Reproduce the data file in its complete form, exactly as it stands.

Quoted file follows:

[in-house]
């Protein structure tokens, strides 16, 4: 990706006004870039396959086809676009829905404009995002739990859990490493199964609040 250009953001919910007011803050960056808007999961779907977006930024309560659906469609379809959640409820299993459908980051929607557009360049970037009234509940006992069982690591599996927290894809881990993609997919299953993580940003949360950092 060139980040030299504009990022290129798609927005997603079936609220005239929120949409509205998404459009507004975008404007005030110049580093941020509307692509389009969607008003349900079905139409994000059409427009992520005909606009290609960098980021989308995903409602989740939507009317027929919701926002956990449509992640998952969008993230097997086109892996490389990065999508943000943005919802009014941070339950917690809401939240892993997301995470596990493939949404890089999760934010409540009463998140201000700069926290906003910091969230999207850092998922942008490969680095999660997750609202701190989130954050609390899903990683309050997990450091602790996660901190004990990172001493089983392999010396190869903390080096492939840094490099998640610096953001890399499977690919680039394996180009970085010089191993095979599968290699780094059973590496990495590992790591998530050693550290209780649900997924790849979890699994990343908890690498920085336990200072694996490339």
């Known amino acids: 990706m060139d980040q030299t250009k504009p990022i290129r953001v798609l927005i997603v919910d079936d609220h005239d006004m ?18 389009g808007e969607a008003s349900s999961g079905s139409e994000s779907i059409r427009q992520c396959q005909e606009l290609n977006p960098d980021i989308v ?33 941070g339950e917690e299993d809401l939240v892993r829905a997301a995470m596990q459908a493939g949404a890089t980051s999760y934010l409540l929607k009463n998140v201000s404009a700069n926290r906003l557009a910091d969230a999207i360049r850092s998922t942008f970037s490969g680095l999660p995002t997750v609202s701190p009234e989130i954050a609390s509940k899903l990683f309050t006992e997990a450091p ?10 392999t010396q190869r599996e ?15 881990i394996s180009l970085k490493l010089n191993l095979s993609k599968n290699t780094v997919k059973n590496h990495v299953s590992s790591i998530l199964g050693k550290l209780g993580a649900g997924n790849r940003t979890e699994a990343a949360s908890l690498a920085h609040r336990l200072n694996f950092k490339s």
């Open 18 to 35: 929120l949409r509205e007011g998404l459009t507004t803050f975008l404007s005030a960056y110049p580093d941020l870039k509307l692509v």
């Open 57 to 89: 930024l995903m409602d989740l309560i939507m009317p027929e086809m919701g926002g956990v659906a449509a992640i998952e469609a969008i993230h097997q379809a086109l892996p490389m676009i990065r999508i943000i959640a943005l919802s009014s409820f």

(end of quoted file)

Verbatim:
[in-house]
């Protein structure tokens, strides 16, 4: 990706006004870039396959086809676009829905404009995002739990859990490493199964609040 250009953001919910007011803050960056808007999961779907977006930024309560659906469609379809959640409820299993459908980051929607557009360049970037009234509940006992069982690591599996927290894809881990993609997919299953993580940003949360950092 060139980040030299504009990022290129798609927005997603079936609220005239929120949409509205998404459009507004975008404007005030110049580093941020509307692509389009969607008003349900079905139409994000059409427009992520005909606009290609960098980021989308995903409602989740939507009317027929919701926002956990449509992640998952969008993230097997086109892996490389990065999508943000943005919802009014941070339950917690809401939240892993997301995470596990493939949404890089999760934010409540009463998140201000700069926290906003910091969230999207850092998922942008490969680095999660997750609202701190989130954050609390899903990683309050997990450091602790996660901190004990990172001493089983392999010396190869903390080096492939840094490099998640610096953001890399499977690919680039394996180009970085010089191993095979599968290699780094059973590496990495590992790591998530050693550290209780649900997924790849979890699994990343908890690498920085336990200072694996490339």
């Known amino acids: 990706m060139d980040q030299t250009k504009p990022i290129r953001v798609l927005i997603v919910d079936d609220h005239d006004m ?18 389009g808007e969607a008003s349900s999961g079905s139409e994000s779907i059409r427009q992520c396959q005909e606009l290609n977006p960098d980021i989308v ?33 941070g339950e917690e299993d809401l939240v892993r829905a997301a995470m596990q459908a493939g949404a890089t980051s999760y934010l409540l929607k009463n998140v201000s404009a700069n926290r906003l557009a910091d969230a999207i360049r850092s998922t942008f970037s490969g680095l999660p995002t997750v609202s701190p009234e989130i954050a609390s509940k899903l990683f309050t006992e997990a450091p ?10 392999t010396q190869r599996e ?15 881990i394996s180009l970085k490493l010089n191993l095979s993609k599968n290699t780094v997919k059973n590496h990495v299953s590992s790591i998530l199964g050693k550290l209780g993580a649900g997924n790849r940003t979890e699994a990343a949360s908890l690498a920085h609040r336990l200072n694996f950092k490339s």
């Open 18 to 35: 929120l949409r509205e007011g998404l459009t507004t803050f975008l404007s005030a960056y110049p580093d941020l870039k509307l692509v």
């Open 57 to 89: 930024l995903m409602d989740l309560i939507m009317p027929e086809m919701g926002g956990v659906a449509a992640i998952e469609a969008i993230h097997q379809a086109l892996p490389m676009i990065r999508i943000i959640a943005l919802s009014s409820f």